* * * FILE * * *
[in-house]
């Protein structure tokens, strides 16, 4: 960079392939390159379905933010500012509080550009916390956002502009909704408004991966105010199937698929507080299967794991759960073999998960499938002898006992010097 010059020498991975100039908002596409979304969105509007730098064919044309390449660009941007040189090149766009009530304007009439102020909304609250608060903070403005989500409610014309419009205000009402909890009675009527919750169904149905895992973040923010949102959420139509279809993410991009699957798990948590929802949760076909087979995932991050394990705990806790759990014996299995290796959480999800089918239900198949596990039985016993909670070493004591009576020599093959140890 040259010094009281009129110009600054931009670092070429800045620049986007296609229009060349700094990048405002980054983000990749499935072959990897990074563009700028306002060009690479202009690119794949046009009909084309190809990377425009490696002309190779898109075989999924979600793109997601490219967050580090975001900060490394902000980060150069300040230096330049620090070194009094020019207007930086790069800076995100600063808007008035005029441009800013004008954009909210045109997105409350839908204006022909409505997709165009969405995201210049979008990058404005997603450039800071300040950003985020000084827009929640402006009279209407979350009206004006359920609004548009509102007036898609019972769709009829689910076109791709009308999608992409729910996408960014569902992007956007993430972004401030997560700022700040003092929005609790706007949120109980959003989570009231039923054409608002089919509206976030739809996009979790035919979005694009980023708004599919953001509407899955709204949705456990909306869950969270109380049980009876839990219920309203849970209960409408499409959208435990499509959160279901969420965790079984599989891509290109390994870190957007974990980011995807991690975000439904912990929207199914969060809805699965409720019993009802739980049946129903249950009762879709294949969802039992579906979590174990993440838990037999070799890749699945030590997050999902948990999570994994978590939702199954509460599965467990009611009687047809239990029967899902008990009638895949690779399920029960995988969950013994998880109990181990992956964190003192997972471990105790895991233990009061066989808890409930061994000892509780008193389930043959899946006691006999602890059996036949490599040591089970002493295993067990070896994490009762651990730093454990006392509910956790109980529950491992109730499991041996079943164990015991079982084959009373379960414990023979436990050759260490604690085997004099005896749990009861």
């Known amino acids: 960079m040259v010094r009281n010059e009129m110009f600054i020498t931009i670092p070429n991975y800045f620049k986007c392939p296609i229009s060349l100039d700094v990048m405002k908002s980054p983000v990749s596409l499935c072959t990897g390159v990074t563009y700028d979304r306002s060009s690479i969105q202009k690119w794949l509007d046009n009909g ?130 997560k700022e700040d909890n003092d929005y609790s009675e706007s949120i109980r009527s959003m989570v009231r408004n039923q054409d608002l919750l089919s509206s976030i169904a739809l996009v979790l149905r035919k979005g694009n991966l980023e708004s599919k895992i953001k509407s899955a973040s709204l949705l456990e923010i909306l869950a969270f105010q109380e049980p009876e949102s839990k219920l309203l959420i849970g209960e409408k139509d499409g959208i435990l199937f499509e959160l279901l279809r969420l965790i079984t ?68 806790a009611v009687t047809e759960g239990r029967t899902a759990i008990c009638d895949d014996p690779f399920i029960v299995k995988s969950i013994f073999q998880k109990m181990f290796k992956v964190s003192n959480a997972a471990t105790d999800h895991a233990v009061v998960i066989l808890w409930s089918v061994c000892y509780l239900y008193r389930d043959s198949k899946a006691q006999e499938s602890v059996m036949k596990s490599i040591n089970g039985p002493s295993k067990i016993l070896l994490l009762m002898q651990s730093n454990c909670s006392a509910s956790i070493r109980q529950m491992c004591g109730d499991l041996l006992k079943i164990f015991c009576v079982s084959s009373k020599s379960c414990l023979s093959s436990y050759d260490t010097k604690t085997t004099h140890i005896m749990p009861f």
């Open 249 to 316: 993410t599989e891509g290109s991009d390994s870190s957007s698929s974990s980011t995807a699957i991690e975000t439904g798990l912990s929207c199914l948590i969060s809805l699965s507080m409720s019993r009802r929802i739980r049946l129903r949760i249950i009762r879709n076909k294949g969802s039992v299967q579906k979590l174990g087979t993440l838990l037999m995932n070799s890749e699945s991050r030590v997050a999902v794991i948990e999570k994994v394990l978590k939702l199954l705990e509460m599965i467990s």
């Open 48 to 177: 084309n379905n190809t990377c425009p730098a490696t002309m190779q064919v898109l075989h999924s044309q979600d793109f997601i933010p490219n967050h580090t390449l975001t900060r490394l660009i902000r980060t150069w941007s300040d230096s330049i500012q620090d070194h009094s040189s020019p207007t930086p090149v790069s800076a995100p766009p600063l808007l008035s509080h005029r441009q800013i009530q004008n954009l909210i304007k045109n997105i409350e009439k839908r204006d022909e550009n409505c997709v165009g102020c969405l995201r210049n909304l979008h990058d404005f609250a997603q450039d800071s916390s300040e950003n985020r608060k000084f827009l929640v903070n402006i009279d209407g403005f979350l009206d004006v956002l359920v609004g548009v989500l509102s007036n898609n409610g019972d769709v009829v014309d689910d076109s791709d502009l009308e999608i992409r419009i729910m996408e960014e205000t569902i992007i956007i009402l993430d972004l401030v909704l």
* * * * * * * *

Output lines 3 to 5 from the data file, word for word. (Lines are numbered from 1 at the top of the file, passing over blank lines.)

């Known amino acids: 960079m040259v010094r009281n010059e009129m110009f600054i020498t931009i670092p070429n991975y800045f620049k986007c392939p296609i229009s060349l100039d700094v990048m405002k908002s980054p983000v990749s596409l499935c072959t990897g390159v990074t563009y700028d979304r306002s060009s690479i969105q202009k690119w794949l509007d046009n009909g ?130 997560k700022e700040d909890n003092d929005y609790s009675e706007s949120i109980r009527s959003m989570v009231r408004n039923q054409d608002l919750l089919s509206s976030i169904a739809l996009v979790l149905r035919k979005g694009n991966l980023e708004s599919k895992i953001k509407s899955a973040s709204l949705l456990e923010i909306l869950a969270f105010q109380e049980p009876e949102s839990k219920l309203l959420i849970g209960e409408k139509d499409g959208i435990l199937f499509e959160l279901l279809r969420l965790i079984t ?68 806790a009611v009687t047809e759960g239990r029967t899902a759990i008990c009638d895949d014996p690779f399920i029960v299995k995988s969950i013994f073999q998880k109990m181990f290796k992956v964190s003192n959480a997972a471990t105790d999800h895991a233990v009061v998960i066989l808890w409930s089918v061994c000892y509780l239900y008193r389930d043959s198949k899946a006691q006999e499938s602890v059996m036949k596990s490599i040591n089970g039985p002493s295993k067990i016993l070896l994490l009762m002898q651990s730093n454990c909670s006392a509910s956790i070493r109980q529950m491992c004591g109730d499991l041996l006992k079943i164990f015991c009576v079982s084959s009373k020599s379960c414990l023979s093959s436990y050759d260490t010097k604690t085997t004099h140890i005896m749990p009861f």
């Open 249 to 316: 993410t599989e891509g290109s991009d390994s870190s957007s698929s974990s980011t995807a699957i991690e975000t439904g798990l912990s929207c199914l948590i969060s809805l699965s507080m409720s019993r009802r929802i739980r049946l129903r949760i249950i009762r879709n076909k294949g969802s039992v299967q579906k979590l174990g087979t993440l838990l037999m995932n070799s890749e699945s991050r030590v997050a999902v794991i948990e999570k994994v394990l978590k939702l199954l705990e509460m599965i467990s």
């Open 48 to 177: 084309n379905n190809t990377c425009p730098a490696t002309m190779q064919v898109l075989h999924s044309q979600d793109f997601i933010p490219n967050h580090t390449l975001t900060r490394l660009i902000r980060t150069w941007s300040d230096s330049i500012q620090d070194h009094s040189s020019p207007t930086p090149v790069s800076a995100p766009p600063l808007l008035s509080h005029r441009q800013i009530q004008n954009l909210i304007k045109n997105i409350e009439k839908r204006d022909e550009n409505c997709v165009g102020c969405l995201r210049n909304l979008h990058d404005f609250a997603q450039d800071s916390s300040e950003n985020r608060k000084f827009l929640v903070n402006i009279d209407g403005f979350l009206d004006v956002l359920v609004g548009v989500l509102s007036n898609n409610g019972d769709v009829v014309d689910d076109s791709d502009l009308e999608i992409r419009i729910m996408e960014e205000t569902i992007i956007i009402l993430d972004l401030v909704l």